Many New Zealanders are eagerly awaiting Amazon's arrival Down Under and the convenience, speed and cheaper prices the online shopping giant is able to offer.

New Zealand's top bosses, on the other hand, are feeling far more ambivalent about the retailing juggernaut.

They have good reason to be apprehensive. The e-commerce colossus has yet to even make landfall across the Tasman but is already weighing on the share price of companies like Trade Me and Sky Television.

Under the direction of Jeff Bezos, the $660 billion behemoth has wreaked turmoil for any sector where it has made a move. In July - a month after Amazon bought America's Whole Foods chain - more than US$30 billion ($42b) had been wiped off the market capitalisation of listed supermarkets in the United States.


The Seattle-based company is not unique. It is just one of a growing number of tech giants whose market power has swelled over the past decade.

Others - like Facebook and Google - have turned old models on their heads and fundamentally changed industries like advertising, marketing and media. That hasn't seemed to bother consumers one bit and Facebook alone has more than 2 billion users globally.

It has, however, drawn the attention of competition regulators.

Since former Danish MP Margrethe Vestager took over as European Commissioner for Competition, Silicon Valley has been slapped with a string of big fines. In one case in June, Google was ordered by pay a record 2.4 billion euro fine for skewing results on its search engine towards its own products.

Vestager gave Google's parent Alphabet around three months to "stop its illegal conduct" or face further sanction. Commentators saw the decision as putting Google "on parole" and believed it could have big implications for other products under its umbrella, including its online maps service.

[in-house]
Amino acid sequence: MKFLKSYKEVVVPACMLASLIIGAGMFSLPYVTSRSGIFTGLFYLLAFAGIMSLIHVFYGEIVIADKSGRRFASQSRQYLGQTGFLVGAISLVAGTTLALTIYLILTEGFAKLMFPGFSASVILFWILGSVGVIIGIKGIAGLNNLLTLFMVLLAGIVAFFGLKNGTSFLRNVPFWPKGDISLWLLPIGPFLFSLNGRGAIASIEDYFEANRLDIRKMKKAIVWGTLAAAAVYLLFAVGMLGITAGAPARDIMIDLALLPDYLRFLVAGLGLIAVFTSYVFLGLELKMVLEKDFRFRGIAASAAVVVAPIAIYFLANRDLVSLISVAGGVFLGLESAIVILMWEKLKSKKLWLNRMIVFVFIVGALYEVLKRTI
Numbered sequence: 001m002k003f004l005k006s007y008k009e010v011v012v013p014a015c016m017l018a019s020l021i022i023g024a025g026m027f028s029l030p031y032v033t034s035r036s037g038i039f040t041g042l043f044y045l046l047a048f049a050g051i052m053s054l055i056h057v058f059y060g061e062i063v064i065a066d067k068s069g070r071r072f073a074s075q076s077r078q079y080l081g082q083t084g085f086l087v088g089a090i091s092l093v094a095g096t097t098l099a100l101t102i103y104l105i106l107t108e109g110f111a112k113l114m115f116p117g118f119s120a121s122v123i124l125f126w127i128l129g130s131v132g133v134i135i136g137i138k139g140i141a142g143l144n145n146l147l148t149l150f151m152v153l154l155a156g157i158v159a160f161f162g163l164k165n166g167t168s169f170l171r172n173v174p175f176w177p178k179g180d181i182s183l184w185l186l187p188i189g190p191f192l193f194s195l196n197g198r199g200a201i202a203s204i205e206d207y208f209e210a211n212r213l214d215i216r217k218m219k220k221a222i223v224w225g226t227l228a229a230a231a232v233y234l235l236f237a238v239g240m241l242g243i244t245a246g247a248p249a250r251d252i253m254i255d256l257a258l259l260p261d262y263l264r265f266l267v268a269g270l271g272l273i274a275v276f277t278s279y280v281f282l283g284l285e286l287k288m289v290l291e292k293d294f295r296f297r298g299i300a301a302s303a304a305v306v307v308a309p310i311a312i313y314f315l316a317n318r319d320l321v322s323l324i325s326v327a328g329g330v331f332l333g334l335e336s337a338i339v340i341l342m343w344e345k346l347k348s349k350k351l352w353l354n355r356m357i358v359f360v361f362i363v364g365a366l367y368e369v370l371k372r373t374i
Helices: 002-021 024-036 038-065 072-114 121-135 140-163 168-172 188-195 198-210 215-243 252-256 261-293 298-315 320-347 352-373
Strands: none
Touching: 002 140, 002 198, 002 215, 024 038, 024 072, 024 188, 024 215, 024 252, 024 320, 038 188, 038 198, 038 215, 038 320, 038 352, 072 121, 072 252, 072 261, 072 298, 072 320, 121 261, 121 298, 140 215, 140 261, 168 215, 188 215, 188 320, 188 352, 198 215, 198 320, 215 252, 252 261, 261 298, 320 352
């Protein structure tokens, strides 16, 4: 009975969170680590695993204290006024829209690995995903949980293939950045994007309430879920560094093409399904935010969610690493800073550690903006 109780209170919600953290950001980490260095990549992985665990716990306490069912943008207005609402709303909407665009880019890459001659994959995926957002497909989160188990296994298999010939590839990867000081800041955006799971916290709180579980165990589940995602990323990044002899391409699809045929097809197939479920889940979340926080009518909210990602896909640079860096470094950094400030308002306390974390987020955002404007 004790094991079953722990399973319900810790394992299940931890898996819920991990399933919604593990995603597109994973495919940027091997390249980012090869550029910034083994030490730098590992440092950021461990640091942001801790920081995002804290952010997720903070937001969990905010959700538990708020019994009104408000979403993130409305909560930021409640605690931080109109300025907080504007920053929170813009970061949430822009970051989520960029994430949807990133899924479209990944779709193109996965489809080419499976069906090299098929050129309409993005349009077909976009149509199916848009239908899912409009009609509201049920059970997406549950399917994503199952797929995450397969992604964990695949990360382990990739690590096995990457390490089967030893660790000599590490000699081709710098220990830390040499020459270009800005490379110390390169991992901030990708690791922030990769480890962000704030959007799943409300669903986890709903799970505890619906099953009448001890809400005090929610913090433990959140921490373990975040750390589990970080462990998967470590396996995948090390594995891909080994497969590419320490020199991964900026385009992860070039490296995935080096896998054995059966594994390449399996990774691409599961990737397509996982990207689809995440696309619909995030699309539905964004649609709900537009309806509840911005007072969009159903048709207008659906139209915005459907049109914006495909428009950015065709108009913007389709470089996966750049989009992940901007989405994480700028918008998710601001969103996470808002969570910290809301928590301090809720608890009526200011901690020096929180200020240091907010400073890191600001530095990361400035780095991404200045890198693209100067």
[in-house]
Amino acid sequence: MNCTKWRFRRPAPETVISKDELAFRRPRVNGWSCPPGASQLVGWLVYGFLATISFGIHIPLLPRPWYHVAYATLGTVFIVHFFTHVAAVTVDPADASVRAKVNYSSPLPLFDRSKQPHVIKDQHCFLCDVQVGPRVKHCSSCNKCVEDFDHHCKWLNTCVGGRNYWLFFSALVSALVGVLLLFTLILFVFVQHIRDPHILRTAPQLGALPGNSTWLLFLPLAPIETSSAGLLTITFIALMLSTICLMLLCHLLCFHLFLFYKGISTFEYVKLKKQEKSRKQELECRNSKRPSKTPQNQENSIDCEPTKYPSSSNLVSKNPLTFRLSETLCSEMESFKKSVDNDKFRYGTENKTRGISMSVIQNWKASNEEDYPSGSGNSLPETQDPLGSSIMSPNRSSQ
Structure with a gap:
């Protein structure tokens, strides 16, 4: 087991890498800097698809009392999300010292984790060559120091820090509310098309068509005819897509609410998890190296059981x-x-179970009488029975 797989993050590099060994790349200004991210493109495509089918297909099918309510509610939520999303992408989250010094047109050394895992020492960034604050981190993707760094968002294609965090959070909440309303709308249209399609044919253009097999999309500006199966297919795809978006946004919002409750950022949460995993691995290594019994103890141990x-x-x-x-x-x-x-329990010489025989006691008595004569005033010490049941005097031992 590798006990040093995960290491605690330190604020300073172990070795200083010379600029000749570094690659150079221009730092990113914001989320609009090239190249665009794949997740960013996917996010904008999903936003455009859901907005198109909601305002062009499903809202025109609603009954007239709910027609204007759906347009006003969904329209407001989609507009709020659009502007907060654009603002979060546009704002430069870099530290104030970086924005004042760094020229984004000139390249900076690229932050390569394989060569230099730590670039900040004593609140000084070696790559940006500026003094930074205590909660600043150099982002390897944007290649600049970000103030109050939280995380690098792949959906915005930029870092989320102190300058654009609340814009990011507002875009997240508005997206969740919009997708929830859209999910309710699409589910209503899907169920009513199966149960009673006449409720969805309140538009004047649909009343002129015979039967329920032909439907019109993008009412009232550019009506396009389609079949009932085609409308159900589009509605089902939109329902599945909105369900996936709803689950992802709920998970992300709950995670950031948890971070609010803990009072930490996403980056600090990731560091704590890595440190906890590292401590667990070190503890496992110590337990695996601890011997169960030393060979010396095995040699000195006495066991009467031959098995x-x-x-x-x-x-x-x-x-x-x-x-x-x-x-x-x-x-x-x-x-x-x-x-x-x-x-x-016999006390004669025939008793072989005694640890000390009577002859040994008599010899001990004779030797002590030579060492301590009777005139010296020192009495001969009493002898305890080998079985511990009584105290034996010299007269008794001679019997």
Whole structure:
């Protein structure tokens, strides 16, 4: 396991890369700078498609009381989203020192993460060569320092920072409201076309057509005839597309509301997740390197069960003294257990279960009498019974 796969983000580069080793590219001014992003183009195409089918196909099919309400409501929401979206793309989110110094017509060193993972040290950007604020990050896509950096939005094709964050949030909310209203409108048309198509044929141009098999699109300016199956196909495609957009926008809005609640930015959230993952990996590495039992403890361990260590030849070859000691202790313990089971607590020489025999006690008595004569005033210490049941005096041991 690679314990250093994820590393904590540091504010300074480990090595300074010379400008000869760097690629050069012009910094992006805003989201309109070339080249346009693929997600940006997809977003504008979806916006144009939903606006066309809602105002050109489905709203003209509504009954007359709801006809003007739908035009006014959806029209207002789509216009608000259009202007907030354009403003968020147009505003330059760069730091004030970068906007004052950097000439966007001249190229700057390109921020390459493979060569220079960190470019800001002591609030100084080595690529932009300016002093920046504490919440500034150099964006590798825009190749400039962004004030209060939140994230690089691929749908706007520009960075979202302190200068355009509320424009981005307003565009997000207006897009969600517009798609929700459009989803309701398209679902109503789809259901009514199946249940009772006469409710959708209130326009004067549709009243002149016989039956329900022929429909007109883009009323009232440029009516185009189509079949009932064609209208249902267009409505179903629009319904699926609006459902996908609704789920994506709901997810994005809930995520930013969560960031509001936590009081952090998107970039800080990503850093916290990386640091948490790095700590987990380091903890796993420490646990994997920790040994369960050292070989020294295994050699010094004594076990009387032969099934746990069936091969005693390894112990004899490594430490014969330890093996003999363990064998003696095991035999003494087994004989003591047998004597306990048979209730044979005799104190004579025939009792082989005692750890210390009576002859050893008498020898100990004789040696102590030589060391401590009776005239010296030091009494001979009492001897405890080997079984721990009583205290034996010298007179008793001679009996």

Smaller domestic watchdogs are also getting in on the action. Germany's Federal Cartel Office revealed in July it was examining how Facebook collects detailed user information that allows it sell lucrative targeted ads. The office was concerned Facebook was effectively bullying users into accepting terms and conditions they didn't understand.

There have been no rumblings of any such regulation here. But there is appetite from business leaders for the Commerce Commission to launch it's own investigation into the global giants.

Some 38 per cent of respondents to the Mood of the Boardroom Election Survey want Mark Berry and his team to constrain the likes of Amazon and Google or probe their market power.

A similar proportion were against any such move, while a further 28 per cent were on the fence.

Whatever conclusions an inquiry would reach, regulating internet companies is a tough business. Short of going down the Chinese Government's route of blocking access, any decision would be incredibly difficult to enforce, given these companies don't need a physical presence to reach millions of New Zealanders.

And because of the breakneck pace of technological change and slow-moving nature of regulation, the market is likely to have evolved considerably by the time any probe is completed.

Facebook's or Google's own business models could well be disrupted by a new service in that time.

That doesn't mean Kiwi companies can ignore these giants - they would do so at their peril.

But nor should they wait for a regulator to come to the rescue.

They need to work with these new dominant players to ensure they can get a share of their revenue, or adapt their own businesses so they're best placed to compete with them.

The Herald's Mood of the Boardroom 2017 Election Survey attracted participation from 118 respondents. The results were debated this morning by shadow finance spokesman Grant Robertson and National's Finance Minister Steven Joyce.